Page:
Bridget G. Brennan, New York City's Special Narcotics Prosecutor stated, "As a specialized prosecutors' office focused on narcotics investigations in New York City, we have been stunned to see the volume of heroin entering our region grow exponentially in recent years. Mexican cartels and local trafficking groups reap hundreds of millions of dollars in profits off the epidemic of opioid abuse and overdose deaths. Working in conjunction with the DEA and our other law enforcement partners, we continually intercept huge loads of heroin and thereby prevent this deadly drug from further flooding our region. While a public health response is essential, we must remember the profoundly critical role law enforcement plays in addressing this crisis. No one approach can succeed alone."
“In just the last few weeks almost 80 kilograms of heroin was seized locally, which is a clear indication of the scope of the opioid addiction problem in the New York area," said Police Commissioner William J Bratton. "What we are dealing with involves issues of supply and demand. The NYPD continues to work closely with our federal and state law-enforcement partners in confronting the supply side. But this growing problem must be effectively addressed on all fronts."
New York State Police Superintendent Joseph A. D’Amico said, “The New York State Police are dedicated to making our streets safer for New Yorkers and all who visit our great state. A drug like heroin destroys and puts lives at risk. Our Troopers see first-hand, the devastating effects of opiates on individuals and families. We will continue to make it a priority to find, then dismantle, these dangerous and deadly operations. I commend the recent work of the Task Force and our law enforcement partners in taking down NY/NJ rings, and seizing these drugs before they reached our communities.”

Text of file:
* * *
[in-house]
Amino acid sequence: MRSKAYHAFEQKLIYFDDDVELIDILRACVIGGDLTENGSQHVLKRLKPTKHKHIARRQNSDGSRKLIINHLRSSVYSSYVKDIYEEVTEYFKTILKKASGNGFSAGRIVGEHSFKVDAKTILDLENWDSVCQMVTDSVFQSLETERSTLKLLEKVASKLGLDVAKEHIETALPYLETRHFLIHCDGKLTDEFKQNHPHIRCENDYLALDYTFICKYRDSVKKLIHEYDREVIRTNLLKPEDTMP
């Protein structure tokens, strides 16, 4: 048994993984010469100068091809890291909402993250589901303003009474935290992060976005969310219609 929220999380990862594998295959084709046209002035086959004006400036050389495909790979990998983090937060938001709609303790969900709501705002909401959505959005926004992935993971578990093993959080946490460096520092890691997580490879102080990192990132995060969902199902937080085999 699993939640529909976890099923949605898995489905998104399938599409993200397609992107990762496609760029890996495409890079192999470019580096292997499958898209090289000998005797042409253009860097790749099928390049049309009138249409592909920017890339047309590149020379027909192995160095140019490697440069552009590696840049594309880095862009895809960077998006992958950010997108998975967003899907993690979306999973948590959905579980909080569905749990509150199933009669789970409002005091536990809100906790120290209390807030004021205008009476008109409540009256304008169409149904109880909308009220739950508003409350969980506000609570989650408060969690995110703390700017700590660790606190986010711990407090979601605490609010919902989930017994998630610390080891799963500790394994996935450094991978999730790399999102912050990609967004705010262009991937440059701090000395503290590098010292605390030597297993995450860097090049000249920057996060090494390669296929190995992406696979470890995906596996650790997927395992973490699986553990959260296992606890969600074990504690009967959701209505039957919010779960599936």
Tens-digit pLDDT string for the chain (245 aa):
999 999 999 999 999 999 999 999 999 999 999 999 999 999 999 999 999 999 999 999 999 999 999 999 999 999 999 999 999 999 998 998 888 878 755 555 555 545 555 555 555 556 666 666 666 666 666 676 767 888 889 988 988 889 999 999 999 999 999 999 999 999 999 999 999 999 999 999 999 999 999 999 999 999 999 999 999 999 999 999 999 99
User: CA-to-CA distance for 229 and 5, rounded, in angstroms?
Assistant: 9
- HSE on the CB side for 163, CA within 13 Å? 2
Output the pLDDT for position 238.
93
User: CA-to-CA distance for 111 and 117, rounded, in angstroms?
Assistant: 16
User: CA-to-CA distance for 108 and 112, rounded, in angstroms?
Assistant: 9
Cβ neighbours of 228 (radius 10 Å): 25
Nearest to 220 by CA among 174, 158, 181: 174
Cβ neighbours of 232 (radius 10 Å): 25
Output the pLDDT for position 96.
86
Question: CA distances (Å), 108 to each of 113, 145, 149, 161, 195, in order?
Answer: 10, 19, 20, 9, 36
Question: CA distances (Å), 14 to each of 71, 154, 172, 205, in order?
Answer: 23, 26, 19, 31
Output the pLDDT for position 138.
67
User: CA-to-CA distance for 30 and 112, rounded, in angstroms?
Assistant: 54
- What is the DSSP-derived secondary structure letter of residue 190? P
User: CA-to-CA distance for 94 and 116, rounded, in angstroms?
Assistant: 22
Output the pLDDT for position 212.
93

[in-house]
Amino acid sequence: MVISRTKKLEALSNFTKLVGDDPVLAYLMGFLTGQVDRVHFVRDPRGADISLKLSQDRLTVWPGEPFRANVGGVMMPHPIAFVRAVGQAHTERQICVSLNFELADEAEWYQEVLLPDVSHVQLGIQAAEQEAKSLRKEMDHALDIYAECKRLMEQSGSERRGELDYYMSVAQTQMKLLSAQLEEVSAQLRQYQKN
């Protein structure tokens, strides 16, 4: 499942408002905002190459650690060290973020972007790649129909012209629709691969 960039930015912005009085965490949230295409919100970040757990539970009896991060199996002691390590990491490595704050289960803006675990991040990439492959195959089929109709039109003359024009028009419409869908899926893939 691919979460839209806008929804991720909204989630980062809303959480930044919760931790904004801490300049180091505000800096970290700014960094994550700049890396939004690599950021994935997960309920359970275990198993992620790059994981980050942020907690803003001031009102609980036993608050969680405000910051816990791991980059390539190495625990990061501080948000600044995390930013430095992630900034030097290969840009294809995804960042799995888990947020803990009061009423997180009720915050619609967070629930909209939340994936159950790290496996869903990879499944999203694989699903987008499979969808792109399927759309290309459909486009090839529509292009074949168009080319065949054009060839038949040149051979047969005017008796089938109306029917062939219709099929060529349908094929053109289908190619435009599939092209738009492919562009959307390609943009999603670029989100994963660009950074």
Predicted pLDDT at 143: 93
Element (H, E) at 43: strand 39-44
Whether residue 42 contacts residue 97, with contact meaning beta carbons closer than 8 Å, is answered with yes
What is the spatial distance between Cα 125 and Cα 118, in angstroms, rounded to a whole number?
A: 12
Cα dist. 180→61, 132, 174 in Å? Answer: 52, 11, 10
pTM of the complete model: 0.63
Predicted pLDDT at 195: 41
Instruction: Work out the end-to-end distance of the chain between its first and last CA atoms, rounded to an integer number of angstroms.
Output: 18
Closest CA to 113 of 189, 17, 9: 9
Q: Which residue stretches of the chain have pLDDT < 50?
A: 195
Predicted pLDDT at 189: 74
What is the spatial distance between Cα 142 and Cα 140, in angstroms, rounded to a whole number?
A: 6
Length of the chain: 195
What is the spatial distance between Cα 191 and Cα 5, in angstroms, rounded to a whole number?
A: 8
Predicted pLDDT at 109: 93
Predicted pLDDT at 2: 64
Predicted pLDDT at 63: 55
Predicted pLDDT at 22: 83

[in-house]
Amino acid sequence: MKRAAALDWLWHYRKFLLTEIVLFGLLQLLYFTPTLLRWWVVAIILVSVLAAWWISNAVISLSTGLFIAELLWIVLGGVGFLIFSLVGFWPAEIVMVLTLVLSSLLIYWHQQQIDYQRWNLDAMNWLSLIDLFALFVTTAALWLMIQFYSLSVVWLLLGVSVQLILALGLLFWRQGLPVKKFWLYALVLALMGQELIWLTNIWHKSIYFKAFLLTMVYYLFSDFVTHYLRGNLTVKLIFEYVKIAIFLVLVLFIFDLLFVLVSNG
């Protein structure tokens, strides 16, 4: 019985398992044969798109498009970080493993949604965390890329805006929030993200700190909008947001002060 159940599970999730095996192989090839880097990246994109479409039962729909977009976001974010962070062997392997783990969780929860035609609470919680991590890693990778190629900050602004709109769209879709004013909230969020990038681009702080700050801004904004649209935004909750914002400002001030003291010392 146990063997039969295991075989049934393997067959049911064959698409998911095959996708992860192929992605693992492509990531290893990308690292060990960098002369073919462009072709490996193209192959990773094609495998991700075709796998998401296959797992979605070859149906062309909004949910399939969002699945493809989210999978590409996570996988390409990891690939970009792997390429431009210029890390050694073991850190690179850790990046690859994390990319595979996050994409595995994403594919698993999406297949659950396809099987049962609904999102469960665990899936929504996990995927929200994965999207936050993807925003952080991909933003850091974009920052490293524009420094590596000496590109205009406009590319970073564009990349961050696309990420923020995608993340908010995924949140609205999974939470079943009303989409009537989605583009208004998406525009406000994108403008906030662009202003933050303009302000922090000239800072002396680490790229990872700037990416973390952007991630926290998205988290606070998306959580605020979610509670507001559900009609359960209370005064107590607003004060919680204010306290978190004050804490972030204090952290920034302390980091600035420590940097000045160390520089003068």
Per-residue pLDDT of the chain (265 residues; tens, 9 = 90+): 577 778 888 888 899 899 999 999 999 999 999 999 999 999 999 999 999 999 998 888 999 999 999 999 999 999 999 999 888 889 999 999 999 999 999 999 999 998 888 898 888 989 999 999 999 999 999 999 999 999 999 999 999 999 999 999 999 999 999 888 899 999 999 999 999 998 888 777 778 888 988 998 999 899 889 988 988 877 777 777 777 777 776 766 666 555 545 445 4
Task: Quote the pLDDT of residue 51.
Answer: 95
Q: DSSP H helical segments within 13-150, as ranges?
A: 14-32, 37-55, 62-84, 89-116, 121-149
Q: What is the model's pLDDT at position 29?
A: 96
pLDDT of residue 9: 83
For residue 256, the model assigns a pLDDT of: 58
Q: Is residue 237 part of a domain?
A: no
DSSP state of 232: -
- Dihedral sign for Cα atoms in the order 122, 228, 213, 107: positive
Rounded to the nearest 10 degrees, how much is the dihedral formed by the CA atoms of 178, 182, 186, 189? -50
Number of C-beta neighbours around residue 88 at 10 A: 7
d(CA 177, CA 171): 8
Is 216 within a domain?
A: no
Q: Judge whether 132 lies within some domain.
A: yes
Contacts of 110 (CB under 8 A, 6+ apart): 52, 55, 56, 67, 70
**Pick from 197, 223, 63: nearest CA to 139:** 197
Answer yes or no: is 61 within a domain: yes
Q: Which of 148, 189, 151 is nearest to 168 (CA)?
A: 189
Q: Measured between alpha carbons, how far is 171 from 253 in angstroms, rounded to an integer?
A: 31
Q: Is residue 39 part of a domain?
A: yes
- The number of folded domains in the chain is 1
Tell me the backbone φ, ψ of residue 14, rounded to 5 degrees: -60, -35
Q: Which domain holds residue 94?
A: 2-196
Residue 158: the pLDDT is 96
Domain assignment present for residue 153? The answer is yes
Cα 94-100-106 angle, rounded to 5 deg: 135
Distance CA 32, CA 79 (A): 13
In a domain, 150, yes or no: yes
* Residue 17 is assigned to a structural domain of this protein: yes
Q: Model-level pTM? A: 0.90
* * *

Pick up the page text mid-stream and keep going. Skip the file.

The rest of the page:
Just this week, the DEA’s New York Drug Enforcement Task (NYDETF) and the New Jersey State Police, Trafficking North Unit seized 31 kilograms of heroin in Secaucus, NJ before it could be cut, stepped on and packaged into a million ready-for-street distribution glassines. The NYDETF comprises agents and officers of the DEA, New York City Police Department and the New York State Police.
Last week, the NYDETF and investigators from the Office of the Special Narcotics Prosecutor seized 48 kilograms of heroin which had been concealed in the axle and drive shaft casings of vehicle parts being transported on the bed of a pick up truck in Queens, NY.
Since January, DEA New York and our law enforcement partners have seized 148 kilograms of heroin that was destined for New York and the Northeast. 148 kilograms is approximately twice the amount of heroin that was seized throughout the entire Fiscal Year of 2009. We will continue to focus our resources on identifying heroin trafficking organizations on a federal, state, local and international level in order to address this public health crisis.